The greatest contribution of this book is the revelations it contains with respect to the debt that Friedrich Nietzsche himself owed to the American Author Ralph Waldo Emerson. Nietzsche’s own notes, journals, letters and annotations are full of references to Emerson who he considered the greatest of modern genius. Many of Nietzsche’s works are eloquent re-phrasings of Emerson’s. As the philosopher Stanley Cavell pointed out, the entire passage in Genealogy of Morals in which Nietzsche lamented that “men of knowledge” are especially unknown to themselves because they are strangers to their own thinking dialogues intimately with Emerson’s essay “Experience”. Cavell cited a “circuit” of concerns between the two authors, finding in Nietzsche a direct “transcription of something Emerson means.”

It is amazing, and a somewhat mysterious irony: the extent to which American intellectuals, in the midst of a craze for Nietzsche that extends even to the most recent times, manage somehow, almost always, to “forget” Emerson.

Sunday, April 1, 2012

Fables For A Puppet Theater by Kenneth Gross

A man is pursued by his shadow.

A child picks up a tiny stone and kills a giant

Thrown from a ship during a storm at sea, he is swallowed by a whale and lives happily in its stomach for days. His son arrives to rescue him.

The old king comes upon the body of his daughter and does not know whether she is alive or dea.,

A stone cries out against being stepped on, kicked, buried, and split. It meditates revenge.

The ghosts of girls betrayed by men dance living men to death. A man and a woman exchange parts of themselves with each other – a hand, a leg, a heart. For a while this contents them. In the end they have to rent each other to pieces.

A mirror walks down the road.

Children plant a doll in the garden and wait for spring.

Lovers try vainly to touch each other through a hole in a wall. Their hands grope in the dark. The wall tries to console them. The hole alone is happy.

Children carry the corpse of their mother to a distant graveyard. From time to time she raises her head up from the coffin, crying “Faster, faster. . .”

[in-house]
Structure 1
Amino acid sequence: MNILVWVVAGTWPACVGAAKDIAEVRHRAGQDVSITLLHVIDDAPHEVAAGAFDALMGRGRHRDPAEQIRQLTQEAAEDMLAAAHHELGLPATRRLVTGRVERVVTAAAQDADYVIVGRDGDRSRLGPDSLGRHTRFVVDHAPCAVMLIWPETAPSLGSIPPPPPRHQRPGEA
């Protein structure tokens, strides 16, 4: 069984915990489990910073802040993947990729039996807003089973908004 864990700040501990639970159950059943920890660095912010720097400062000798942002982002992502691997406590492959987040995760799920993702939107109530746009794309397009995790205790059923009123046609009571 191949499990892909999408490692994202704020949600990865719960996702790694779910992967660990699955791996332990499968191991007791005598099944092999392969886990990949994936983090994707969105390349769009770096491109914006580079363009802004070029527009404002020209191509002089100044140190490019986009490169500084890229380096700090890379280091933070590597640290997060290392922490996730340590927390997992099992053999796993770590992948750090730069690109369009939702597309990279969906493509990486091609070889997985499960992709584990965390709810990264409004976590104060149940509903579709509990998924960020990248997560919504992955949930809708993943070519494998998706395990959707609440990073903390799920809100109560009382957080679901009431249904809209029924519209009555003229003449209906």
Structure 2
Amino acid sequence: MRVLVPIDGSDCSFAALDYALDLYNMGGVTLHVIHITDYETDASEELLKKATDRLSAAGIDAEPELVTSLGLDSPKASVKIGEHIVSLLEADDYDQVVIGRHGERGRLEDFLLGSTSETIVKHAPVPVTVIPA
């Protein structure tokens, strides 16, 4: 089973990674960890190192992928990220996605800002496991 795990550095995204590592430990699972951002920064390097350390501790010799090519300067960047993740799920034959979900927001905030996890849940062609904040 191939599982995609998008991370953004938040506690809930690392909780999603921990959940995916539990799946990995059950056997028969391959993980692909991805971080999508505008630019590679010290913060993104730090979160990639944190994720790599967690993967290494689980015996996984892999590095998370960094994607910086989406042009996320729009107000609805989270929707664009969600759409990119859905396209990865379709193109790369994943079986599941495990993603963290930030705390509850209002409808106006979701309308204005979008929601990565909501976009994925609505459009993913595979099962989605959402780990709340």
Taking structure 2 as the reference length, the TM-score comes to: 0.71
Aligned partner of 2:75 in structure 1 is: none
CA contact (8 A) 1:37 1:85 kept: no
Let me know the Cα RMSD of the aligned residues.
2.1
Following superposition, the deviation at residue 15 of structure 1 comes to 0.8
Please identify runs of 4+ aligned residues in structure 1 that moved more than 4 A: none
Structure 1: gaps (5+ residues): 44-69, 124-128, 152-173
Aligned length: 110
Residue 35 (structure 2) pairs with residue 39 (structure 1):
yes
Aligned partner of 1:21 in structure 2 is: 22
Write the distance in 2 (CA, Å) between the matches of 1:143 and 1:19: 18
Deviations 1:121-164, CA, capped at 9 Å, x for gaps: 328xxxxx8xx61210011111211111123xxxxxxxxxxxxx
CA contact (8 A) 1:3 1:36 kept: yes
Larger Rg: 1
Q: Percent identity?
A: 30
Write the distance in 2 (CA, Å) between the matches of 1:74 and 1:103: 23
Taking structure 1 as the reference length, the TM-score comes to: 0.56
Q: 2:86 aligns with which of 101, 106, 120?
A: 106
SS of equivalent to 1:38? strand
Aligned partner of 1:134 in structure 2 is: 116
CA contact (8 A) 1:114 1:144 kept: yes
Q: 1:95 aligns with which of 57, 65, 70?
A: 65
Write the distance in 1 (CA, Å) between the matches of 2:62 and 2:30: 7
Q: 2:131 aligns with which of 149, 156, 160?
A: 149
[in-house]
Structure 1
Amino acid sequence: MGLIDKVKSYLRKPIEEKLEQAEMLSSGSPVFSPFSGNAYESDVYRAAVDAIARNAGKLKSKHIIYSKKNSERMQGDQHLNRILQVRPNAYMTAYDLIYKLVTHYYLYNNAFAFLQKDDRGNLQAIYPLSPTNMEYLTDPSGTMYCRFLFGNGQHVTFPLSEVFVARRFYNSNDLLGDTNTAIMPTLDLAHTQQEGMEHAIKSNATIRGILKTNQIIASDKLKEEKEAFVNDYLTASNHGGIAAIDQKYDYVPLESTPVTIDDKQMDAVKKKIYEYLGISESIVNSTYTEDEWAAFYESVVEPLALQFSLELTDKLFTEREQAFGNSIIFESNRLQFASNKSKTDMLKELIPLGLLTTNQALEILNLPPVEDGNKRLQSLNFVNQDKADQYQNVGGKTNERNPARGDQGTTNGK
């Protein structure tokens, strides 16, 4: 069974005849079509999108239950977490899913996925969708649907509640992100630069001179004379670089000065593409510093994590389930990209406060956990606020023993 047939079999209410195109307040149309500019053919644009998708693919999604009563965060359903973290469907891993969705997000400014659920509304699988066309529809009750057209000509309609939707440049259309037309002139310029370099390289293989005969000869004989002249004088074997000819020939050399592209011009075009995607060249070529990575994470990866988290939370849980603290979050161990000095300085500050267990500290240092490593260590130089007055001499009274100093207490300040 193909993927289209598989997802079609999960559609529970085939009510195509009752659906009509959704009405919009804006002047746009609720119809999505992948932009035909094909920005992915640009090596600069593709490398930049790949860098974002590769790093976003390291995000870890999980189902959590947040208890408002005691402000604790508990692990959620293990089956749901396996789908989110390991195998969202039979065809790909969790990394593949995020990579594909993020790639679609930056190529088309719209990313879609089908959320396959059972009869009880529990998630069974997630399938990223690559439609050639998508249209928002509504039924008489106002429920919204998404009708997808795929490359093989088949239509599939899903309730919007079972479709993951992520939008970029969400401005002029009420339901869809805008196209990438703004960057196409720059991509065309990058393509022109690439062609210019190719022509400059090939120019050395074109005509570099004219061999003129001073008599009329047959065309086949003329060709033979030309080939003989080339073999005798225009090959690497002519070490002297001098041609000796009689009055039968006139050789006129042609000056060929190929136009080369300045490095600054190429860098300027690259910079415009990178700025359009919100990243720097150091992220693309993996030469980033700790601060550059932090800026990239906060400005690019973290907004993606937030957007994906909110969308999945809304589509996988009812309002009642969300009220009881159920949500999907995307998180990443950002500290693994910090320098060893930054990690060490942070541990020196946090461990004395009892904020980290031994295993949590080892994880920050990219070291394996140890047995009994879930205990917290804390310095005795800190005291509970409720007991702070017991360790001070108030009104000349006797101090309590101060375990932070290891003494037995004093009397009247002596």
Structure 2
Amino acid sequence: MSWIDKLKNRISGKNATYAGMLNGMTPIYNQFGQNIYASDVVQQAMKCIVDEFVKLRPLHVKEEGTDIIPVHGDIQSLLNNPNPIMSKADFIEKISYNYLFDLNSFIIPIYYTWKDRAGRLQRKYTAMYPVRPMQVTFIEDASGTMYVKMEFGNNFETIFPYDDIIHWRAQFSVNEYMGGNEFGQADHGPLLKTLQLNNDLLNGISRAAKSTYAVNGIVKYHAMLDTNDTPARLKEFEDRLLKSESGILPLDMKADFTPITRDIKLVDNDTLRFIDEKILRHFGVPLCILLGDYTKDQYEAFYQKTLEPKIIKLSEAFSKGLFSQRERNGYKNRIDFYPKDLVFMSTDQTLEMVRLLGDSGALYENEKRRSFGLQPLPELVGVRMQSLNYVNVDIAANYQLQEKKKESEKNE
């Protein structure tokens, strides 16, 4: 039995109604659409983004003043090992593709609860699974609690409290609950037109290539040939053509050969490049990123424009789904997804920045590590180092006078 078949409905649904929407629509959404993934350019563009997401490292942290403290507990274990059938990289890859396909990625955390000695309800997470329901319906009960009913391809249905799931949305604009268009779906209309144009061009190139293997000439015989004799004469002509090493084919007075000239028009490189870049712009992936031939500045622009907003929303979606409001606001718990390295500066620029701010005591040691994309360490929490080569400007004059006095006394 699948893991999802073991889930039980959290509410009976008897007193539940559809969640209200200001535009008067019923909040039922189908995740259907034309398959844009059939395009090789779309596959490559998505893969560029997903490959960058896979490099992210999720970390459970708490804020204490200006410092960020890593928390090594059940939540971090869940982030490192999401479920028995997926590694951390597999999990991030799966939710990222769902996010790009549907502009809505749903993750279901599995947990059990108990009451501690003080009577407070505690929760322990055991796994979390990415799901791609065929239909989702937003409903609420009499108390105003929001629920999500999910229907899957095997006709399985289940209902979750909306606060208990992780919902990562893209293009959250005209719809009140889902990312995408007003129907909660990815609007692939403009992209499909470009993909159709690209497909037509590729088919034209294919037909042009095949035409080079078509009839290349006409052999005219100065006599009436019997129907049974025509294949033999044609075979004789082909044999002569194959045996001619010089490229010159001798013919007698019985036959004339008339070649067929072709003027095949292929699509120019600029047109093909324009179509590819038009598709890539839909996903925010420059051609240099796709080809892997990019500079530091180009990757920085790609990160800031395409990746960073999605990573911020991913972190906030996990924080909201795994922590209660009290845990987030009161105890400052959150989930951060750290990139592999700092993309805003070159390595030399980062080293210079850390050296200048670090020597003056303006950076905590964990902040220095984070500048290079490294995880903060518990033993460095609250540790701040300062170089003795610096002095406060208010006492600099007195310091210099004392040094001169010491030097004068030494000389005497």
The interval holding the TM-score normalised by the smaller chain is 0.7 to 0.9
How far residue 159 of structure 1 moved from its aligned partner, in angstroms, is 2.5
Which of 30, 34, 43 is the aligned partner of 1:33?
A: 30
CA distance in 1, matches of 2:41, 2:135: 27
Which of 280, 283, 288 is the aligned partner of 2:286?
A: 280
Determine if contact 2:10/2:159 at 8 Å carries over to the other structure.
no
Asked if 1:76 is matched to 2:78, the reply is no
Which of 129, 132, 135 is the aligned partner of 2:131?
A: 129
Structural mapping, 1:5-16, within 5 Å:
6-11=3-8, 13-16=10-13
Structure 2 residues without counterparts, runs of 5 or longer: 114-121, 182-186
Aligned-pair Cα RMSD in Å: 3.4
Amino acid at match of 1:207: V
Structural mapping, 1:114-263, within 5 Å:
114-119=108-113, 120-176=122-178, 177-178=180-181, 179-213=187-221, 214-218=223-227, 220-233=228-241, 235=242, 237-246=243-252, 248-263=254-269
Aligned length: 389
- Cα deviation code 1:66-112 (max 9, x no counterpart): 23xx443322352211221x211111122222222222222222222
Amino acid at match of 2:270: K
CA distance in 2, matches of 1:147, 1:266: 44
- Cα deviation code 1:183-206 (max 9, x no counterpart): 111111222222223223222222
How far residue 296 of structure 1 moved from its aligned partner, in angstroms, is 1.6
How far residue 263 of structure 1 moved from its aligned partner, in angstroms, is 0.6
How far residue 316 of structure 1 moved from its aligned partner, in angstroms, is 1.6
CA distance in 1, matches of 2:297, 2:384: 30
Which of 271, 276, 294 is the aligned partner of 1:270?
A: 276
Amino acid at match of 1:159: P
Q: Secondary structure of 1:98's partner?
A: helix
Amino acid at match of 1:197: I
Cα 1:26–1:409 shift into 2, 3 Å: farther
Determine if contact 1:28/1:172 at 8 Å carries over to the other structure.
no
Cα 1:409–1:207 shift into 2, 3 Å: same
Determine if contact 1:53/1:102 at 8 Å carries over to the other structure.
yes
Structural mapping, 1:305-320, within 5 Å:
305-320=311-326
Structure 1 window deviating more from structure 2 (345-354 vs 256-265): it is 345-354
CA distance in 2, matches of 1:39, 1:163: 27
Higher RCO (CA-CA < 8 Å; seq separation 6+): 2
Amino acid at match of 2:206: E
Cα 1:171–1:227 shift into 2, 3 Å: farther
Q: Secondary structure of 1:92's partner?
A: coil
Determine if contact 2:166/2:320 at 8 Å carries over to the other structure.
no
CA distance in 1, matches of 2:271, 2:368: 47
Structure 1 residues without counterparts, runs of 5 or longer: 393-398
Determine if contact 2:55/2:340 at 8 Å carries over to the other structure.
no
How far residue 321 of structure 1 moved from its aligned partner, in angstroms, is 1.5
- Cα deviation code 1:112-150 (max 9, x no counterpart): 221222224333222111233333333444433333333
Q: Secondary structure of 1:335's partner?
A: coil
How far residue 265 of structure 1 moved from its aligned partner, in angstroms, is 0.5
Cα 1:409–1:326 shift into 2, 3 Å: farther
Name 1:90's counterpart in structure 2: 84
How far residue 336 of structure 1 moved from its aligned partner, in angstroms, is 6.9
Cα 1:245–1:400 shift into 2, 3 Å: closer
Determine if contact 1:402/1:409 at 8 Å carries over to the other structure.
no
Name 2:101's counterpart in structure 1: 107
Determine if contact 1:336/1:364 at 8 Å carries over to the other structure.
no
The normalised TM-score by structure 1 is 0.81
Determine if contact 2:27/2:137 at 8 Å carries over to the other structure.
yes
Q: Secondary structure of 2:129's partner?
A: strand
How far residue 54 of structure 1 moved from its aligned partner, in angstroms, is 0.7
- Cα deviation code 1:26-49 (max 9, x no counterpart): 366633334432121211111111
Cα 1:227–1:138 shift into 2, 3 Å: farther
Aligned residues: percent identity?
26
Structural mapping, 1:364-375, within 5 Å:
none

On top of a mountain, a man binds his son to the pile of wood on the alter. An angel takes the knife from the old man’s hand. The ass looks on.

Blocks learn to spell out words.

Buildings shake themselves awake at dawn.

On far-flung islands, he studies the different sizes and shapes of beaks, the speciation of claws and eyes, the drift of feathers, the flow of blood, the fragmentation of bones, the appetite of worms.

She burrows in the soil, building a network of tunnels, listening always for her enemies, the army of invaders and subtle spies, those within and above the ground – she is blind but not, as she thinks, invisible.

Lessons for a shadow: How to creep up a wall. How to watch from behind a door. How to fall suddenly across a page. How to stretch out along the ground. How to disappear in darkness. How to inseminate the light.

A creaking cry. A white sail appears on the horizon at a great distance, then moves out of sight.

Spindle, shuttle, and needle were guarded in the royal treasury and paid every honor.

Animals take over a theater.

A dream of rescue: swooping down from the air on a winged horse, the hero flies to the monster, the bound virgin, the ancient rock, the ancient chain, all the motions of water.

Punch descends to the underworld to recover his lost wife, knocking down all who stand in his way, charming dead souls with the sound of his stick.